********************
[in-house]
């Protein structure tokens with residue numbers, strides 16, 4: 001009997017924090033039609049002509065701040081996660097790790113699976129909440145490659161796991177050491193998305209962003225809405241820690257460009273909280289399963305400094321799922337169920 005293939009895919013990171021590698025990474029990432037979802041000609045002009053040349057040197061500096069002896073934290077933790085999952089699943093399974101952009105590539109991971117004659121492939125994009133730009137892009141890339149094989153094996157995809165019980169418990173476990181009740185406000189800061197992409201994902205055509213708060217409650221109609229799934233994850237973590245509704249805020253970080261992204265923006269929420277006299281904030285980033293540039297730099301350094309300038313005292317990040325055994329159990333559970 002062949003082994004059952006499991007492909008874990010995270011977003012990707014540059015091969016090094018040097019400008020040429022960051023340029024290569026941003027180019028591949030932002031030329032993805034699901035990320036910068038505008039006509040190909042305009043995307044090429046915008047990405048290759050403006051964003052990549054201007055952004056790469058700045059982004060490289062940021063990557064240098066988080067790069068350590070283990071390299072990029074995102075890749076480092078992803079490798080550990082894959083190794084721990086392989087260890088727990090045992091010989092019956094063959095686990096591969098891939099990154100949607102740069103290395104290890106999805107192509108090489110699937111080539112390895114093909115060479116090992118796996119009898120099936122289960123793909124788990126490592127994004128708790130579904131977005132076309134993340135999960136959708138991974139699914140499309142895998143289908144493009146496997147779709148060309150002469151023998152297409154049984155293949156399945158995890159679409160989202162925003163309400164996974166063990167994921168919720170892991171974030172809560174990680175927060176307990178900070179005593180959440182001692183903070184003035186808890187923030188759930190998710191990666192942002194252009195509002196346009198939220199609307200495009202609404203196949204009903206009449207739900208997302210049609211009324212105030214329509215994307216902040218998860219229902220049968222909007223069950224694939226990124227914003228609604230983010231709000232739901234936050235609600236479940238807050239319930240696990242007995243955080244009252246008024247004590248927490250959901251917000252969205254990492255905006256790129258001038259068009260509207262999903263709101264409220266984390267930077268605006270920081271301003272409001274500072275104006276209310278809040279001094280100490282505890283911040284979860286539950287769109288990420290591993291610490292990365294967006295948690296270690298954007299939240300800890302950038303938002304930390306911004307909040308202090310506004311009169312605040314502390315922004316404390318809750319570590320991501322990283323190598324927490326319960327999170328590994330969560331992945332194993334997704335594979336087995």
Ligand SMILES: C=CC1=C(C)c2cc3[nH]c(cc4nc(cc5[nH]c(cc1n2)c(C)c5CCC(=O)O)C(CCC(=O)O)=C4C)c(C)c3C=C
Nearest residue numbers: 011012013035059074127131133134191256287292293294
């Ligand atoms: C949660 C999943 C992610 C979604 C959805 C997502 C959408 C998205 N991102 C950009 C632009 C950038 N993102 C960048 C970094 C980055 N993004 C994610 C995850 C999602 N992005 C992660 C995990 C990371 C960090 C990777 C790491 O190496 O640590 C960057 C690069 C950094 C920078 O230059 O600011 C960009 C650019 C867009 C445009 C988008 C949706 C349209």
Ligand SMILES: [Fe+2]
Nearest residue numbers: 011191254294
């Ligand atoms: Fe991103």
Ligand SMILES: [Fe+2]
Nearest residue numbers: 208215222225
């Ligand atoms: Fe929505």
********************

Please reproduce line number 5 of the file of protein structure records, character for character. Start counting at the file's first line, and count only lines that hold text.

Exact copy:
């Ligand atoms: C949660 C999943 C992610 C979604 C959805 C997502 C959408 C998205 N991102 C950009 C632009 C950038 N993102 C960048 C970094 C980055 N993004 C994610 C995850 C999602 N992005 C992660 C995990 C990371 C960090 C990777 C790491 O190496 O640590 C960057 C690069 C950094 C920078 O230059 O600011 C960009 C650019 C867009 C445009 C988008 C949706 C349209």